New web fonts supported by Google
There has only been a few serif and san-serif fonts supported limited by those resident on a users machine rather than the browser.
Font display limited by installed fonts
If Garamond, for example, a serif font, was not installed on the viewer’s local machine and no alternative specified, the rendered page would not seen as designed and in many cases would look less than appealing. Not what any web site owner would want to happen.
As a result the fonts that were available eg Serif fonts: Times, Times New Roman, Georgia and as a very last resort the system font, serif; San Serif fonts: Verdana, Helvetica, Arial, Tahoma and lastly, sans-serif. Not a great range.
Including the list of the most commonly available user installed fonts allowed web fonts display to degrade gracefully to the lowest common denominator.
It worked but designers lost ultimate control.
Small changes can make a difference in perception
As in many fields of work small changes can sometimes make significant difference and impact and web design is no different.
Most visitors, on first arriving on a page, scan rather than read and headlines stand out which is why it is important to break up your content with meaningful headings.
Size is an obvious factor but so is the style of the headline. Fashion sites would tend not to use big, black, bold in your face fonts (there are always exceptions, often to make a point) but rather use a more appropriate complementary, flowing, softer font style,at least for headlines.
The style needs to be appropriate, complement and support the content.
Early design compromises
In an attempt to overcome some of these limitations images were often used for headlines and subheads in an attempt to personalise or differentiate a page. These replaced text with an image and at that time helped make that little bit of difference.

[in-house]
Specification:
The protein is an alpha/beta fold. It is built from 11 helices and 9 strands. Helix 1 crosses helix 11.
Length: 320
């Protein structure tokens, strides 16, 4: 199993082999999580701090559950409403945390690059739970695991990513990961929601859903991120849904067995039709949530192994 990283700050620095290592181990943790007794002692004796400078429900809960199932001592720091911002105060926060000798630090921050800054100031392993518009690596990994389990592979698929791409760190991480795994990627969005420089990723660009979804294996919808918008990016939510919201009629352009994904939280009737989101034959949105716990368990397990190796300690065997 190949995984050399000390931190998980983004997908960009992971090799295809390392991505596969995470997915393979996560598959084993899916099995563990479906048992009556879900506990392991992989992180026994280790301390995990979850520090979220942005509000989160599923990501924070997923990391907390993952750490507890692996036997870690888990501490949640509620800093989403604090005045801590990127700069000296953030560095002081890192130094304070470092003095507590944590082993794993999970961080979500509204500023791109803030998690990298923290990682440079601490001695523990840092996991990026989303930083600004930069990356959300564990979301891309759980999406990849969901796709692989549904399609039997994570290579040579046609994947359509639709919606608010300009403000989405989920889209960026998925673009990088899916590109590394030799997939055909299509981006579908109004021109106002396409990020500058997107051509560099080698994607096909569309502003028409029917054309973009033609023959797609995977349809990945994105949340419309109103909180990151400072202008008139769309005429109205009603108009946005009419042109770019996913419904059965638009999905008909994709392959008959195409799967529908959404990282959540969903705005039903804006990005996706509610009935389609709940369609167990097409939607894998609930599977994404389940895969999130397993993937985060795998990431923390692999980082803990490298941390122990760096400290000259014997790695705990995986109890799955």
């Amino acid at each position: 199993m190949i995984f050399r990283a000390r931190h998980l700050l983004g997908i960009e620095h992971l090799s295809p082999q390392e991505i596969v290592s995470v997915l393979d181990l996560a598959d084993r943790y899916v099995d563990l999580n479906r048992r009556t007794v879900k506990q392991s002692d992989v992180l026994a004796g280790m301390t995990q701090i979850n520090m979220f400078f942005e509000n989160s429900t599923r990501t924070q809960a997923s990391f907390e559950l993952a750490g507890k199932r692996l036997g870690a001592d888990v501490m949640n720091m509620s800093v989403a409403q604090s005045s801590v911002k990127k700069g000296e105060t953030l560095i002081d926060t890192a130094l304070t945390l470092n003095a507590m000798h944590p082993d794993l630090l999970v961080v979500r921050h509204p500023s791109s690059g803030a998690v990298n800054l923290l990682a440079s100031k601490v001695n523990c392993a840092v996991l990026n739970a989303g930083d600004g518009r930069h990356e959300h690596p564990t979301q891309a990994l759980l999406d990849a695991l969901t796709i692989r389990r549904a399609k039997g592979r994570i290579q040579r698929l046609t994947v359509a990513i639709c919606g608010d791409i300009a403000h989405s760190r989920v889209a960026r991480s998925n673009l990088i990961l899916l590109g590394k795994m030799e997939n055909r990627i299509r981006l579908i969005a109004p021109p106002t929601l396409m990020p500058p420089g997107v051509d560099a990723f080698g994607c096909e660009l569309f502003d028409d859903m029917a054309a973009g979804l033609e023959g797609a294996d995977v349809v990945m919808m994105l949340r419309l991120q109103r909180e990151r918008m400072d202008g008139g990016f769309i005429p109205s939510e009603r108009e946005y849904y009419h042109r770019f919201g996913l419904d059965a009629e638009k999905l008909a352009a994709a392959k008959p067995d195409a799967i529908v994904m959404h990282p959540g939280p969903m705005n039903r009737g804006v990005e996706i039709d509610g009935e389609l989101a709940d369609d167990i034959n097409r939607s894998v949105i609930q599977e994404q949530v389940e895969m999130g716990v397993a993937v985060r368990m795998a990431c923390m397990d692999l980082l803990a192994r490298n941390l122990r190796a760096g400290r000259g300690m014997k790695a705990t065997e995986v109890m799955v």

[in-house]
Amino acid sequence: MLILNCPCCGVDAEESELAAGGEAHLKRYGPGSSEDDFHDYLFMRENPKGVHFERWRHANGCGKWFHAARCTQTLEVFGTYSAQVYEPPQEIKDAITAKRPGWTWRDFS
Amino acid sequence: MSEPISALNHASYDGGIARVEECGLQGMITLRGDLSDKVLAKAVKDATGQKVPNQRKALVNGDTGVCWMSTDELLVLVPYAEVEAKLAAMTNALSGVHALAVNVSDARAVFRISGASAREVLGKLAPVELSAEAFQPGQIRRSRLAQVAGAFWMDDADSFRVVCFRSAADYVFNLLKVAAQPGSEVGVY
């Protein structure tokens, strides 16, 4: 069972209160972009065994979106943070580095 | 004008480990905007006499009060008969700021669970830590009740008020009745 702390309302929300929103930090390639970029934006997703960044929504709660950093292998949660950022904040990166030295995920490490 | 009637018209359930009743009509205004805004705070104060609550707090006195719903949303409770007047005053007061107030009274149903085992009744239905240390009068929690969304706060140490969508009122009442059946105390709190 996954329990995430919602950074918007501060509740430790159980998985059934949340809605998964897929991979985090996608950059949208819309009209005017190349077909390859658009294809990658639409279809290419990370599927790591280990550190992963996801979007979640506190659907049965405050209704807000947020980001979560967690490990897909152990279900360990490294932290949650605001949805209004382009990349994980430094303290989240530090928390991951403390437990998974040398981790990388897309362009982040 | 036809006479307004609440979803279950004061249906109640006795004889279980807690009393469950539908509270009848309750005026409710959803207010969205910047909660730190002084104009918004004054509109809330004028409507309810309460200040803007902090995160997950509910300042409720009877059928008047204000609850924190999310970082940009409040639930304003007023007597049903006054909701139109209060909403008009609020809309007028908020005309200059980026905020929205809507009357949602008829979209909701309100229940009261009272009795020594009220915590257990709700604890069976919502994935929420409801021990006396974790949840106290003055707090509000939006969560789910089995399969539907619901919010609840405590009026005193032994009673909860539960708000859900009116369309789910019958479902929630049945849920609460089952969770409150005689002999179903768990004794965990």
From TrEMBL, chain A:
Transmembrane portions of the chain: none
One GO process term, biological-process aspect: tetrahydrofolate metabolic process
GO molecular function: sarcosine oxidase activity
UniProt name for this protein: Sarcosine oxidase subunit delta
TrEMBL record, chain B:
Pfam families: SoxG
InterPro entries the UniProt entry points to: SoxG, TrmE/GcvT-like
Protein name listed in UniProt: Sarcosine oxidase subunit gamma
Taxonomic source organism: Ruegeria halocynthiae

However, as SEO focused more on page content and relevancy, onpage elements such as headlines became more important in the algorithms being developed by search engines started using headline content to determine the theme of a page. The problem was that these search bots and spiders were not able to read images, and still can’t, with the result that image headlines did not contribute to search engine optimisation.
Alternative to image headlines – Image Replacement
Other attempts such a image replacement technologies were developed enabling existing text headlines to be interactively converted to a displayed image allowing for the required design style to be rendered whilst maintaining the readable text.
The problem was that implementation required a fair amount of technical knowledge installing the code and converting the fonts to a useable format. And, depending on the fonts, could infringe on font copyright laws.
But, now there is Google Web Fonts!
Since their launch, last June 2010, the The Google Font API serves over 17 million requests a day to users across the globe. It’s seen a 30% month-over-month growth rate since it was launched.
It is estimated that roughly 400,000 unique websites are using the technology. This blog and parent website is one of them! The headings are Droid Serif and the text content Droid Sans.
The number of fonts is growing with 20 new font families added at the beginning of the year 2011.
Easy to install new fonts
In comparison with earlier options it is relatively easy to add these new fonts to your website.
All that is necessary is the addition of one or two lines of code to your page, using the standard <link> statement and specify the font face in your css file or <head> style declaration.
Mix and match to suit your design
As a web designer you can now specify an appropriate combination of headline and content fonts to suit the personality of your website. To help you can find a listing of Google Fonts Directory here and some suggested Google Font combinations here.